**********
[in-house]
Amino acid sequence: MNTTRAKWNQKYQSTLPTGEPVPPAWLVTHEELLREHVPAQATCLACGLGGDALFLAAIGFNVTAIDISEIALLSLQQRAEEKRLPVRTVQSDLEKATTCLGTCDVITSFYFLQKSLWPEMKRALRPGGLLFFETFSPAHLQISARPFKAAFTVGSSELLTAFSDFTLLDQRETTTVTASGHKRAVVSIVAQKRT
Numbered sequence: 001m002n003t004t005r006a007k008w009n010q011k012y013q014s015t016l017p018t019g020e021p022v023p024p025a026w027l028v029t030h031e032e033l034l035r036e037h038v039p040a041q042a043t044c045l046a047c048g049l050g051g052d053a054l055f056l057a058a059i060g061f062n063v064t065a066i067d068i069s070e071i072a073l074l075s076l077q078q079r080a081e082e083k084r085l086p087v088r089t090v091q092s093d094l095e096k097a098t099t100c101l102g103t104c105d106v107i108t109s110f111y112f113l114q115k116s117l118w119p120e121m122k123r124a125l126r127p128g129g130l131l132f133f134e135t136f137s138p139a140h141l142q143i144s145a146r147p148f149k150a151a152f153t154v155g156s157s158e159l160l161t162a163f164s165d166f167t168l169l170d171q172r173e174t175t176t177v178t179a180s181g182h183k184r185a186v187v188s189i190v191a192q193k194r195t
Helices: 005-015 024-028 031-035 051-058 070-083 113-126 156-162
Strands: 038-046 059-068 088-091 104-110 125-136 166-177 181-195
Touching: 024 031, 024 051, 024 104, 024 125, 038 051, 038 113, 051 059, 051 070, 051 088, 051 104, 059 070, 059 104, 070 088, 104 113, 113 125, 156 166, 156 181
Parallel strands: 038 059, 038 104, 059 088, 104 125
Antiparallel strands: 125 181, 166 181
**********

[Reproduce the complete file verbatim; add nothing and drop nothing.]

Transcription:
[in-house]
Amino acid sequence: MNTTRAKWNQKYQSTLPTGEPVPPAWLVTHEELLREHVPAQATCLACGLGGDALFLAAIGFNVTAIDISEIALLSLQQRAEEKRLPVRTVQSDLEKATTCLGTCDVITSFYFLQKSLWPEMKRALRPGGLLFFETFSPAHLQISARPFKAAFTVGSSELLTAFSDFTLLDQRETTTVTASGHKRAVVSIVAQKRT
Numbered sequence: 001m002n003t004t005r006a007k008w009n010q011k012y013q014s015t016l017p018t019g020e021p022v023p024p025a026w027l028v029t030h031e032e033l034l035r036e037h038v039p040a041q042a043t044c045l046a047c048g049l050g051g052d053a054l055f056l057a058a059i060g061f062n063v064t065a066i067d068i069s070e071i072a073l074l075s076l077q078q079r080a081e082e083k084r085l086p087v088r089t090v091q092s093d094l095e096k097a098t099t100c101l102g103t104c105d106v107i108t109s110f111y112f113l114q115k116s117l118w119p120e121m122k123r124a125l126r127p128g129g130l131l132f133f134e135t136f137s138p139a140h141l142q143i144s145a146r147p148f149k150a151a152f153t154v155g156s157s158e159l160l161t162a163f164s165d166f167t168l169l170d171q172r173e174t175t176t177v178t179a180s181g182h183k184r185a186v187v188s189i190v191a192q193k194r195t
Helices: 005-015 024-028 031-035 051-058 070-083 113-126 156-162
Strands: 038-046 059-068 088-091 104-110 125-136 166-177 181-195
Touching: 024 031, 024 051, 024 104, 024 125, 038 051, 038 113, 051 059, 051 070, 051 088, 051 104, 059 070, 059 104, 070 088, 104 113, 113 125, 156 166, 156 181
Parallel strands: 038 059, 038 104, 059 088, 104 125
Antiparallel strands: 125 181, 166 181